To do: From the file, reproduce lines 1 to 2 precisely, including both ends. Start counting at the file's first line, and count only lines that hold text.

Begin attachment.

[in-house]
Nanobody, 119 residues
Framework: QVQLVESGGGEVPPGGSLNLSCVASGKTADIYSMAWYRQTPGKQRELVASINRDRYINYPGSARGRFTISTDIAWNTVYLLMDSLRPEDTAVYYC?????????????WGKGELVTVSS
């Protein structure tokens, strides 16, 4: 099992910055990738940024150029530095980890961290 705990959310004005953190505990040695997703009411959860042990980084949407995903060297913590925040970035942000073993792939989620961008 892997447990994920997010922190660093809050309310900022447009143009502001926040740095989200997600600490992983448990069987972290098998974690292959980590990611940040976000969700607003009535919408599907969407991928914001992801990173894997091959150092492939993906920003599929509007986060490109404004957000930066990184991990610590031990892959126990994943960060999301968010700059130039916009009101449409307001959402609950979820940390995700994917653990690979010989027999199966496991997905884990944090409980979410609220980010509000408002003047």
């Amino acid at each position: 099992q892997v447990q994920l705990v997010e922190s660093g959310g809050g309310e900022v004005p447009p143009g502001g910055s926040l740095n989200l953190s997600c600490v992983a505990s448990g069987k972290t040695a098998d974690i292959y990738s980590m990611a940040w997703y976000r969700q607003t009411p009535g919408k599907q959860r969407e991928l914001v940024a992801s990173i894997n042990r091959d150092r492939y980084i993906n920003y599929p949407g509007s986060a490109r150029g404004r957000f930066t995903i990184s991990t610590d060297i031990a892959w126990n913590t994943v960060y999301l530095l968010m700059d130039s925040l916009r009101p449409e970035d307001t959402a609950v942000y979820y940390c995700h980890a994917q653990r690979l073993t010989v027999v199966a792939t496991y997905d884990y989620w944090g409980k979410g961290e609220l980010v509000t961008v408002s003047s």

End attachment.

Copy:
[in-house]
Nanobody, 119 residues